Warning: Blogging & Twittering may be harmful to your health

An interesting article from LifeScience highlighting studies equating technology addiction to that of being addicted to drugs. In fact, the article says:

“* Another research paper, published in 2007 in the Journal of Clinical Psychopharmacology by a psychiatrist at Tel Aviv University, recommended that Internet addiction be regarded as an extreme disorder on par with gambling, sex addiction and kleptomania.”

Honestly, I think that anything that becomes addictive and trumps face to face OR relationships with others can be harmful. Relationships with my own family has been strengthened by instant messenger and facebook so one has to be careful interpreting this.

It is important to achieve balance, which is why I teach my own kids to “time themselves” while playing video games.

Self discipline is important to learn (and teach.) Honestly, it is why we SHOULD blog myspace and facebook at school. It is addictive.

Meanwhile, this story is going to make a great question of the week for my student bloggers.

I like how the article ends:

“The first thing to do is take a long, hard look at how you are using technologies, and then to start to set some limits,” he said. “You have to take off a couple hours and make those hours important enough that you don't allow yourself to be interrupted. I think we should have certain rules. We don’t break up, fire people or break traumatic news to people via e-mail or text message.” “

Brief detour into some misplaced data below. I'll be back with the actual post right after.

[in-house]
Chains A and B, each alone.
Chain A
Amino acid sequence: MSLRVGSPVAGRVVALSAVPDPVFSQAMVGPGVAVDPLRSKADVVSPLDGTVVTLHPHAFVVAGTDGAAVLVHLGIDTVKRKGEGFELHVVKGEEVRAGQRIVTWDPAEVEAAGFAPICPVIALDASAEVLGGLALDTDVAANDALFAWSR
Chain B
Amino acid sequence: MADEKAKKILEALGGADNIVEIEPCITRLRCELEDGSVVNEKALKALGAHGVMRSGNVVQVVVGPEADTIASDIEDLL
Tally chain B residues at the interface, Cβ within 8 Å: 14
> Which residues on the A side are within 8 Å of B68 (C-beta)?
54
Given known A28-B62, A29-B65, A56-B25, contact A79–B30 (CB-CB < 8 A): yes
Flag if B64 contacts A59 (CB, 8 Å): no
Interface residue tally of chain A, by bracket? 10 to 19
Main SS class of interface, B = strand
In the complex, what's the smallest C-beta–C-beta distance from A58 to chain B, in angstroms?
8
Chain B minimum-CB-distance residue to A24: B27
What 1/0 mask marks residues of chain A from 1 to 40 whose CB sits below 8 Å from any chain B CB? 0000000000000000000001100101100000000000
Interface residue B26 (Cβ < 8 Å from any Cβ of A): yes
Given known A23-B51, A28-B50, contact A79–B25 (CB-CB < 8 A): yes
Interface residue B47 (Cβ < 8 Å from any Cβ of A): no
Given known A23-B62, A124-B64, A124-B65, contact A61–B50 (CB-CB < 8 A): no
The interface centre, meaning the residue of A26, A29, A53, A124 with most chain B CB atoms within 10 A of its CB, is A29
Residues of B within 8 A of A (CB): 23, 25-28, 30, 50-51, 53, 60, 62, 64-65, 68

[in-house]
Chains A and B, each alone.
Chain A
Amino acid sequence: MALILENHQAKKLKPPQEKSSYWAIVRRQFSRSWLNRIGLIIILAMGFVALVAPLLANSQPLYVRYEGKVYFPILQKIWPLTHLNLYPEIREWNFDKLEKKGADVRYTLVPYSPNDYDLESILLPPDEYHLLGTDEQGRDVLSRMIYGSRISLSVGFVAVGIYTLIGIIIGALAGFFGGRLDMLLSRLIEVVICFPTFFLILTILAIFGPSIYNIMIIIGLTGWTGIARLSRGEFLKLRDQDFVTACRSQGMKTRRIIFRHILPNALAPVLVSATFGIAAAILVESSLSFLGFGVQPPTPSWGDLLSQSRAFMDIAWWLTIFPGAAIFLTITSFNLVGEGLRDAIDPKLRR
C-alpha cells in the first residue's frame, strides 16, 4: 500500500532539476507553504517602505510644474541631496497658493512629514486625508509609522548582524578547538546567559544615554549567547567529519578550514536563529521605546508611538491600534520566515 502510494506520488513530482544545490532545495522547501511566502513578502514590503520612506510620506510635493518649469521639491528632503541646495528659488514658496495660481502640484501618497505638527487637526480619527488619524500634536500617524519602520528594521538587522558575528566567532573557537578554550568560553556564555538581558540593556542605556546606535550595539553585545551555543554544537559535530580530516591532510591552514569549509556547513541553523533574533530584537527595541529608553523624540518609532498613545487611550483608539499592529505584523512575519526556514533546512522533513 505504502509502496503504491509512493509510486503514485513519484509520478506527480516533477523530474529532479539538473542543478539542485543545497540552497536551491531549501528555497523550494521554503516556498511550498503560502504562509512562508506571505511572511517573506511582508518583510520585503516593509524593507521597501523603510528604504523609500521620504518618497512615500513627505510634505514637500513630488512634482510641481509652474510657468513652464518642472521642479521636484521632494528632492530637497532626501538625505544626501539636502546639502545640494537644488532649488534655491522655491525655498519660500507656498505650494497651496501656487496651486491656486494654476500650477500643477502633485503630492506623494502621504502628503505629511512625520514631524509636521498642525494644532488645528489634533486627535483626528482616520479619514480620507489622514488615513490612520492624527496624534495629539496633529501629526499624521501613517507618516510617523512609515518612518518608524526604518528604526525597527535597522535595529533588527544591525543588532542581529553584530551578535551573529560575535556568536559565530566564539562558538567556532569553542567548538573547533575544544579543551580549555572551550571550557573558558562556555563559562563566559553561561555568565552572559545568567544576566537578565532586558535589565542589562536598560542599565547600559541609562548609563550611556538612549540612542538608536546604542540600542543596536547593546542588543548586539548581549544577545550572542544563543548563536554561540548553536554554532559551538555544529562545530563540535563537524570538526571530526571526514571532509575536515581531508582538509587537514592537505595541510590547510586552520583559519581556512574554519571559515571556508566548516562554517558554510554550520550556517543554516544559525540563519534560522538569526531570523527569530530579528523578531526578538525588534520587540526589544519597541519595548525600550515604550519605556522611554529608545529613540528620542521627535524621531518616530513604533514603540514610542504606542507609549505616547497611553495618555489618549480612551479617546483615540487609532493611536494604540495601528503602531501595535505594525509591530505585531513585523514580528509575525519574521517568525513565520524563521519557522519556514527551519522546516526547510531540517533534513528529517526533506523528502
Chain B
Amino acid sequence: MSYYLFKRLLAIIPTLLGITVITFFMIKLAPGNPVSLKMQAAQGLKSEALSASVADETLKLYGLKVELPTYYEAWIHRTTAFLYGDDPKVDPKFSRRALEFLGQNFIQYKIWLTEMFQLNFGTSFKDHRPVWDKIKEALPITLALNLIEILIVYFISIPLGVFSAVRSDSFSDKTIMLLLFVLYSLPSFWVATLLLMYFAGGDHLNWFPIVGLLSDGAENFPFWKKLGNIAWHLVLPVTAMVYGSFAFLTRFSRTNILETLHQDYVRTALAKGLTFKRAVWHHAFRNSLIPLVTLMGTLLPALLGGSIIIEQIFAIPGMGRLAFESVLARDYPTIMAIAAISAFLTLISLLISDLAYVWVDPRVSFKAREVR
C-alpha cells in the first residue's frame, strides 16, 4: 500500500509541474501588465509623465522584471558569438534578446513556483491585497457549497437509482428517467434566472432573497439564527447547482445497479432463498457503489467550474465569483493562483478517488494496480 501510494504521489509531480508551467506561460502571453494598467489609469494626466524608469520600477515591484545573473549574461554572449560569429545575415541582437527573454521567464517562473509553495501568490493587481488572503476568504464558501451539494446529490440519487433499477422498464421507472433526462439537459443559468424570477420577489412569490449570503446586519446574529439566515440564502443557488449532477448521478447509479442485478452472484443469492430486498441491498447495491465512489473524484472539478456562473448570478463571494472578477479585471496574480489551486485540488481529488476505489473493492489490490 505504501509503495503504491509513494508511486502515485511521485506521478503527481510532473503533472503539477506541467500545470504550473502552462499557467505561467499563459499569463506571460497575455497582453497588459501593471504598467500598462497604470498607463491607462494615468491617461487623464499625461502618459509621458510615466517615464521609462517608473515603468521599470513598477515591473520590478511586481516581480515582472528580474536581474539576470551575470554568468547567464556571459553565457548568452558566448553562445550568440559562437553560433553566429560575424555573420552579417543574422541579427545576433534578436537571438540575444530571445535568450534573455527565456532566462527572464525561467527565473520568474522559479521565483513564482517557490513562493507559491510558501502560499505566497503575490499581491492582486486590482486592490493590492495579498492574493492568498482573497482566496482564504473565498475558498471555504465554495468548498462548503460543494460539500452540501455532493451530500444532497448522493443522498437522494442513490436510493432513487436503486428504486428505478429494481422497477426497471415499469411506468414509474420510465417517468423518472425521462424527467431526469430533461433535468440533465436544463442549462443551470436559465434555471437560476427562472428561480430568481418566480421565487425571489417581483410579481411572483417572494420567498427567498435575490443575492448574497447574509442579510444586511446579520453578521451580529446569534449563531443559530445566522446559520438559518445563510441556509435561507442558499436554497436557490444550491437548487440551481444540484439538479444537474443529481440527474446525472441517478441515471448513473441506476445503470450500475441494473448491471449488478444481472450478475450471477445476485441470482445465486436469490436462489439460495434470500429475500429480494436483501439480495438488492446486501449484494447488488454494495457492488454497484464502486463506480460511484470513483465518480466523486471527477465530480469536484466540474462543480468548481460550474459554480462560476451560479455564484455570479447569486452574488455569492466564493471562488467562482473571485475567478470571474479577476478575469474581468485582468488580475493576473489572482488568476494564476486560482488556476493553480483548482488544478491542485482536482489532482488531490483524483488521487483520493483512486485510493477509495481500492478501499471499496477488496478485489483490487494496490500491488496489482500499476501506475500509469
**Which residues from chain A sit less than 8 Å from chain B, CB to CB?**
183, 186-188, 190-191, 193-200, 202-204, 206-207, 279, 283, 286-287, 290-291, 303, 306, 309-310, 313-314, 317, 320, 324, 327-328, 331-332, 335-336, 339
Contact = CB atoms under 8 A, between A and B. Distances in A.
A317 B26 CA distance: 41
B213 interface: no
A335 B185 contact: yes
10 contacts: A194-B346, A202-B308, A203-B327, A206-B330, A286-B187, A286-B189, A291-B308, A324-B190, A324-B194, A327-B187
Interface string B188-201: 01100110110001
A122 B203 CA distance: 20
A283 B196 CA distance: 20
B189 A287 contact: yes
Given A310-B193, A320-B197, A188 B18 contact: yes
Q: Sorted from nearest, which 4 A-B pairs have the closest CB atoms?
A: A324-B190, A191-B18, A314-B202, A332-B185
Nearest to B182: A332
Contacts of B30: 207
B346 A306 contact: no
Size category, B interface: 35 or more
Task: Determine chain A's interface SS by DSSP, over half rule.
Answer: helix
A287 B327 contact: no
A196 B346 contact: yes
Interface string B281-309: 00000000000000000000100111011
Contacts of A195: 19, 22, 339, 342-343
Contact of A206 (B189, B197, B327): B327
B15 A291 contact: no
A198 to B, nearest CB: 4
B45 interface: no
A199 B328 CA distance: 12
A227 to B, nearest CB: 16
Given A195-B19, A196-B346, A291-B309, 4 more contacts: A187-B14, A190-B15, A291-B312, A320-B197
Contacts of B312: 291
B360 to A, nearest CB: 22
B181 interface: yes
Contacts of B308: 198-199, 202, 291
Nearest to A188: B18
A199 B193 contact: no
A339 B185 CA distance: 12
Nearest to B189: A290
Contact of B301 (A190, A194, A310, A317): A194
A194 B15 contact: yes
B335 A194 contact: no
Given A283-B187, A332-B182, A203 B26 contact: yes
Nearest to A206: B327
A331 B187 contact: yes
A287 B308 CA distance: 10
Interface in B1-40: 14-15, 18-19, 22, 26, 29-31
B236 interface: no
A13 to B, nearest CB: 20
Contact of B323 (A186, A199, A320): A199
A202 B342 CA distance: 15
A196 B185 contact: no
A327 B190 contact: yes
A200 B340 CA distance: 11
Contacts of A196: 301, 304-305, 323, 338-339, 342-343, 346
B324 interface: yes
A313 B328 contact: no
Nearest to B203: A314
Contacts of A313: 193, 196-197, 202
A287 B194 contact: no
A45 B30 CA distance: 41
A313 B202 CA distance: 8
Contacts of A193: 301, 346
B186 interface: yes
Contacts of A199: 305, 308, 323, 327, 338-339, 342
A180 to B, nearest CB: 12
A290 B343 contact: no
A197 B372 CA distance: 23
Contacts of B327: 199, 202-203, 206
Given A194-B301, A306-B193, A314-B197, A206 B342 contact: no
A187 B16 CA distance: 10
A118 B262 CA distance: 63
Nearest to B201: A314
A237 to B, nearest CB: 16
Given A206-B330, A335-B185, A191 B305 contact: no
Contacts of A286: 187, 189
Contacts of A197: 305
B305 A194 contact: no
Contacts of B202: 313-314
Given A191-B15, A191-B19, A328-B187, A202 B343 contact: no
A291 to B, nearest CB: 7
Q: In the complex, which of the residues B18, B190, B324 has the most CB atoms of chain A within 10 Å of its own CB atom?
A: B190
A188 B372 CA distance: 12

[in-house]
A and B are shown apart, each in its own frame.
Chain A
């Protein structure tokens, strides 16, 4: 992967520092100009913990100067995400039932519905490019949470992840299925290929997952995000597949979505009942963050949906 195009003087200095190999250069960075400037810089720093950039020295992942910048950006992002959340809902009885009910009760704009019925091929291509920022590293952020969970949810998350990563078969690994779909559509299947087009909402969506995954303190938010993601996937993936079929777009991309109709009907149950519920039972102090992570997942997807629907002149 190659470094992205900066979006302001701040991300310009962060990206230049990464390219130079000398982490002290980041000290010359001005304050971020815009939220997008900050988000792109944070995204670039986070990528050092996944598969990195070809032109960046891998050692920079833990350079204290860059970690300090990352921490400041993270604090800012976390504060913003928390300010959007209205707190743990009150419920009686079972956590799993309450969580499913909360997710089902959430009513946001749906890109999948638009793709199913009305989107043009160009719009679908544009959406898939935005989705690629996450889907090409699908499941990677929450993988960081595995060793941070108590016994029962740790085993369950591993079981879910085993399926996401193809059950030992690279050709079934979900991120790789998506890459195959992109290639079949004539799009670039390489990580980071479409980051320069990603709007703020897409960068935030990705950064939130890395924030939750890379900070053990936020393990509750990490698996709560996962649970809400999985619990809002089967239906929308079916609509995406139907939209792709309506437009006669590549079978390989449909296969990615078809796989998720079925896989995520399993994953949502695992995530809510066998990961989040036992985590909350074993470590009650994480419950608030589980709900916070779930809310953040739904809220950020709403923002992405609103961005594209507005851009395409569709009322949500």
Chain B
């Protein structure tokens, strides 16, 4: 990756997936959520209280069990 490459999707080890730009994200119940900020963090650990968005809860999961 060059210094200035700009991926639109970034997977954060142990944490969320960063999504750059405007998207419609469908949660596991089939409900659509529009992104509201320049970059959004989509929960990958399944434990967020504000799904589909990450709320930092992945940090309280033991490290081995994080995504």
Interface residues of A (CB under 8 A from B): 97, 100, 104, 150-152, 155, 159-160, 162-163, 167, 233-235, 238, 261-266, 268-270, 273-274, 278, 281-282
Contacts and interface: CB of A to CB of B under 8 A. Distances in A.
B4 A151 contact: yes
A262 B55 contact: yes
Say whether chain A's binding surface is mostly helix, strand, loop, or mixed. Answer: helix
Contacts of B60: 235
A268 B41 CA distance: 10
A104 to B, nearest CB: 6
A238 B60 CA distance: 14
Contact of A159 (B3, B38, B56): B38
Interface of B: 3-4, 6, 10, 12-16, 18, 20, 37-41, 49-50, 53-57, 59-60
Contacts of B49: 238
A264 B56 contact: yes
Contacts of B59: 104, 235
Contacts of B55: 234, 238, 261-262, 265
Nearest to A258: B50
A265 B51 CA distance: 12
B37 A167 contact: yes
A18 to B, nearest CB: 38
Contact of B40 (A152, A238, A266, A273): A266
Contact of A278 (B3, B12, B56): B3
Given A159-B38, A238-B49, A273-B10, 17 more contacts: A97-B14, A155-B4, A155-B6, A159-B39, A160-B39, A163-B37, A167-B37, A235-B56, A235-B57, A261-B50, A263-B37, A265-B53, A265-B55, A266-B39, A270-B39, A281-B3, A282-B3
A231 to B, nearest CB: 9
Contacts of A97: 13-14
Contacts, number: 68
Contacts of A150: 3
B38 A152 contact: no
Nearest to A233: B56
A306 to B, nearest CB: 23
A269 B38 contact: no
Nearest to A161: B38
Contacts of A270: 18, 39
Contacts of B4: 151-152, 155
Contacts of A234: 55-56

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Vicki Davis

Vicki Davis

Vicki Davis is a full-time classroom teacher and IT Director in Georgia, USA. She is Mom of three, wife of one, and loves talking about the wise, transformational use of technology for teaching and doing good in the world. She hosts the 10 Minute Teacher Podcast which interviews teachers around the world about remarkable classroom practices to inspire and help teachers. Vicki focuses on what unites us -- a quest for truly remarkable life-changing teaching and learning. The goal of her work is to provide actionable, encouraging, relevant ideas for teachers that are grounded in the truth and shared with love. Vicki has been teaching since 2002 and blogging since 2005. Vicki has spoken around the world to inspire and help teachers reach their students. She is passionate about helping every child find purpose, passion, and meaning in life with a lifelong commitment to the joy and responsibility of learning. If you talk to Vicki for very long, she will encourage you to "Relate to Educate" or "innovate like a turtle" or to be "a remarkable teacher." She loves to talk to teachers who love their students and are trying to do their best. Twitter is her favorite place to share and she loves to make homemade sourdough bread and cinnamon rolls and enjoys running half marathons with her sisters. You can usually find her laughing with her students or digging into a book.

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Shane Stevens January 26, 2008 - 7:22 pm